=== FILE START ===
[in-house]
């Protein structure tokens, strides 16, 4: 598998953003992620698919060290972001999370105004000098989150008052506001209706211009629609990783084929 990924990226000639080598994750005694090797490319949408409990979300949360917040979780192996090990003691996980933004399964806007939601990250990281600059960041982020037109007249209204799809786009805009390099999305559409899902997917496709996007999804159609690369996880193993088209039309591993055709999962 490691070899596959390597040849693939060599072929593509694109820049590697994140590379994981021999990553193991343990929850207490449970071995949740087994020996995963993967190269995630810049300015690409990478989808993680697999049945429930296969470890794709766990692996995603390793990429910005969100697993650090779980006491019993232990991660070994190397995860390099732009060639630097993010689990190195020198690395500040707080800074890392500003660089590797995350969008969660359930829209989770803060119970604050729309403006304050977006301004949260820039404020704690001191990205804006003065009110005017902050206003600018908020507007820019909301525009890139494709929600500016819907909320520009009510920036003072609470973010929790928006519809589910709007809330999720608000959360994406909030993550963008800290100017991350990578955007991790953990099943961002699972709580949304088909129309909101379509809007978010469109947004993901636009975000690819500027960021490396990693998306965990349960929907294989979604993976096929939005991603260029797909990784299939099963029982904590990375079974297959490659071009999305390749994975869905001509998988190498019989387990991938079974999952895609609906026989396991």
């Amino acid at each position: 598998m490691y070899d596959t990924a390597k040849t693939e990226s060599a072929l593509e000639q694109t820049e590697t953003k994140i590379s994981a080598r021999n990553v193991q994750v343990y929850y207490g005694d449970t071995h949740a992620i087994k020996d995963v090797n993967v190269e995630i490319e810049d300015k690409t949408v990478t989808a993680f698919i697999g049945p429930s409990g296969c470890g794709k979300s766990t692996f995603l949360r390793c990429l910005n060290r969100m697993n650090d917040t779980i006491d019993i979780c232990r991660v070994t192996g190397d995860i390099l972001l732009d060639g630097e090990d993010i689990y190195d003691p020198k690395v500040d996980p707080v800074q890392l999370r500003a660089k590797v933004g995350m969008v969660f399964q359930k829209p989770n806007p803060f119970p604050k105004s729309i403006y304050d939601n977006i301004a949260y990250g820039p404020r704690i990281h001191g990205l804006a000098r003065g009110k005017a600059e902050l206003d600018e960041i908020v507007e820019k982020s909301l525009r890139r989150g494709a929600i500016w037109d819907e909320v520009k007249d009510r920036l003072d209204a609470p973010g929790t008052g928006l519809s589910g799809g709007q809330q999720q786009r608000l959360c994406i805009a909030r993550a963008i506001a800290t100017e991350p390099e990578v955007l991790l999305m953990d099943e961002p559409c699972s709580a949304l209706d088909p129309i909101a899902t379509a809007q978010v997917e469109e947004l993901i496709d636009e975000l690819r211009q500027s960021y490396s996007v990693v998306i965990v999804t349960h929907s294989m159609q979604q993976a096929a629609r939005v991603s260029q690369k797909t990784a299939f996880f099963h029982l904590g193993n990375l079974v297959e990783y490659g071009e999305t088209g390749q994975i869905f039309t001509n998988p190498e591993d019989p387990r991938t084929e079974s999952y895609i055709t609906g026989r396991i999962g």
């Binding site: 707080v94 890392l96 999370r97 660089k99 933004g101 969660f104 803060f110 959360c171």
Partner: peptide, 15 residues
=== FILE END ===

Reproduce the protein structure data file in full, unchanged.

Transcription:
[in-house]
């Protein structure tokens, strides 16, 4: 598998953003992620698919060290972001999370105004000098989150008052506001209706211009629609990783084929 990924990226000639080598994750005694090797490319949408409990979300949360917040979780192996090990003691996980933004399964806007939601990250990281600059960041982020037109007249209204799809786009805009390099999305559409899902997917496709996007999804159609690369996880193993088209039309591993055709999962 490691070899596959390597040849693939060599072929593509694109820049590697994140590379994981021999990553193991343990929850207490449970071995949740087994020996995963993967190269995630810049300015690409990478989808993680697999049945429930296969470890794709766990692996995603390793990429910005969100697993650090779980006491019993232990991660070994190397995860390099732009060639630097993010689990190195020198690395500040707080800074890392500003660089590797995350969008969660359930829209989770803060119970604050729309403006304050977006301004949260820039404020704690001191990205804006003065009110005017902050206003600018908020507007820019909301525009890139494709929600500016819907909320520009009510920036003072609470973010929790928006519809589910709007809330999720608000959360994406909030993550963008800290100017991350990578955007991790953990099943961002699972709580949304088909129309909101379509809007978010469109947004993901636009975000690819500027960021490396990693998306965990349960929907294989979604993976096929939005991603260029797909990784299939099963029982904590990375079974297959490659071009999305390749994975869905001509998988190498019989387990991938079974999952895609609906026989396991």
């Amino acid at each position: 598998m490691y070899d596959t990924a390597k040849t693939e990226s060599a072929l593509e000639q694109t820049e590697t953003k994140i590379s994981a080598r021999n990553v193991q994750v343990y929850y207490g005694d449970t071995h949740a992620i087994k020996d995963v090797n993967v190269e995630i490319e810049d300015k690409t949408v990478t989808a993680f698919i697999g049945p429930s409990g296969c470890g794709k979300s766990t692996f995603l949360r390793c990429l910005n060290r969100m697993n650090d917040t779980i006491d019993i979780c232990r991660v070994t192996g190397d995860i390099l972001l732009d060639g630097e090990d993010i689990y190195d003691p020198k690395v500040d996980p707080v800074q890392l999370r500003a660089k590797v933004g995350m969008v969660f399964q359930k829209p989770n806007p803060f119970p604050k105004s729309i403006y304050d939601n977006i301004a949260y990250g820039p404020r704690i990281h001191g990205l804006a000098r003065g009110k005017a600059e902050l206003d600018e960041i908020v507007e820019k982020s909301l525009r890139r989150g494709a929600i500016w037109d819907e909320v520009k007249d009510r920036l003072d209204a609470p973010g929790t008052g928006l519809s589910g799809g709007q809330q999720q786009r608000l959360c994406i805009a909030r993550a963008i506001a800290t100017e991350p390099e990578v955007l991790l999305m953990d099943e961002p559409c699972s709580a949304l209706d088909p129309i909101a899902t379509a809007q978010v997917e469109e947004l993901i496709d636009e975000l690819r211009q500027s960021y490396s996007v990693v998306i965990v999804t349960h929907s294989m159609q979604q993976a096929a629609r939005v991603s260029q690369k797909t990784a299939f996880f099963h029982l904590g193993n990375l079974v297959e990783y490659g071009e999305t088209g390749q994975i869905f039309t001509n998988p190498e591993d019989p387990r991938t084929e079974s999952y895609i055709t609906g026989r396991i999962g």
């Binding site: 707080v94 890392l96 999370r97 660089k99 933004g101 969660f104 803060f110 959360c171």
Partner: peptide, 15 residues